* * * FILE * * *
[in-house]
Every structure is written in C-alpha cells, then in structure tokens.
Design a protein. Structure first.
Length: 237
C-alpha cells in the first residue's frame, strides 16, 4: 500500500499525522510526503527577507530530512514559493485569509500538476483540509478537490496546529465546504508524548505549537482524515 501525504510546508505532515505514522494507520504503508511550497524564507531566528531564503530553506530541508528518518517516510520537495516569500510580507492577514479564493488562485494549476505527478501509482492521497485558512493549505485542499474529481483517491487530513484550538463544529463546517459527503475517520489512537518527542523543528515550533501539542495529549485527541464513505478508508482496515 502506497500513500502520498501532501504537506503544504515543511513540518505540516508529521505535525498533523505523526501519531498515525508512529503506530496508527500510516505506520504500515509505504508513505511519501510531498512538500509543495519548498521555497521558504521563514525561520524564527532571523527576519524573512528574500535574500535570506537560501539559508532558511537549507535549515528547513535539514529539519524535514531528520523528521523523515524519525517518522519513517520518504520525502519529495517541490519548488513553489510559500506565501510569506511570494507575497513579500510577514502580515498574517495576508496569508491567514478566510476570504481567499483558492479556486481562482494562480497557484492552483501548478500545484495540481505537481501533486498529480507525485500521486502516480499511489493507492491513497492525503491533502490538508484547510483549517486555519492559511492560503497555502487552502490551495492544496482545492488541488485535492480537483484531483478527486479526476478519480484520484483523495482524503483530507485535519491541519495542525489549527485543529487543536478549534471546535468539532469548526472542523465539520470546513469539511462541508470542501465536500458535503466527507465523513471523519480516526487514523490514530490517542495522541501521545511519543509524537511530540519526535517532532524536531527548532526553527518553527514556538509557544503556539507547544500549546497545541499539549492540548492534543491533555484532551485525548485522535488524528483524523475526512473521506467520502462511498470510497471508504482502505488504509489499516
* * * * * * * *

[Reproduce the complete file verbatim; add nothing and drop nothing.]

[in-house]
Every structure is written in C-alpha cells, then in structure tokens.
Design a protein. Structure first.
Length: 237
C-alpha cells in the first residue's frame, strides 16, 4: 500500500499525522510526503527577507530530512514559493485569509500538476483540509478537490496546529465546504508524548505549537482524515 501525504510546508505532515505514522494507520504503508511550497524564507531566528531564503530553506530541508528518518517516510520537495516569500510580507492577514479564493488562485494549476505527478501509482492521497485558512493549505485542499474529481483517491487530513484550538463544529463546517459527503475517520489512537518527542523543528515550533501539542495529549485527541464513505478508508482496515 502506497500513500502520498501532501504537506503544504515543511513540518505540516508529521505535525498533523505523526501519531498515525508512529503506530496508527500510516505506520504500515509505504508513505511519501510531498512538500509543495519548498521555497521558504521563514525561520524564527532571523527576519524573512528574500535574500535570506537560501539559508532558511537549507535549515528547513535539514529539519524535514531528520523528521523523515524519525517518522519513517520518504520525502519529495517541490519548488513553489510559500506565501510569506511570494507575497513579500510577514502580515498574517495576508496569508491567514478566510476570504481567499483558492479556486481562482494562480497557484492552483501548478500545484495540481505537481501533486498529480507525485500521486502516480499511489493507492491513497492525503491533502490538508484547510483549517486555519492559511492560503497555502487552502490551495492544496482545492488541488485535492480537483484531483478527486479526476478519480484520484483523495482524503483530507485535519491541519495542525489549527485543529487543536478549534471546535468539532469548526472542523465539520470546513469539511462541508470542501465536500458535503466527507465523513471523519480516526487514523490514530490517542495522541501521545511519543509524537511530540519526535517532532524536531527548532526553527518553527514556538509557544503556539507547544500549546497545541499539549492540548492534543491533555484532551485525548485522535488524528483524523475526512473521506467520502462511498470510497471508504482502505488504509489499516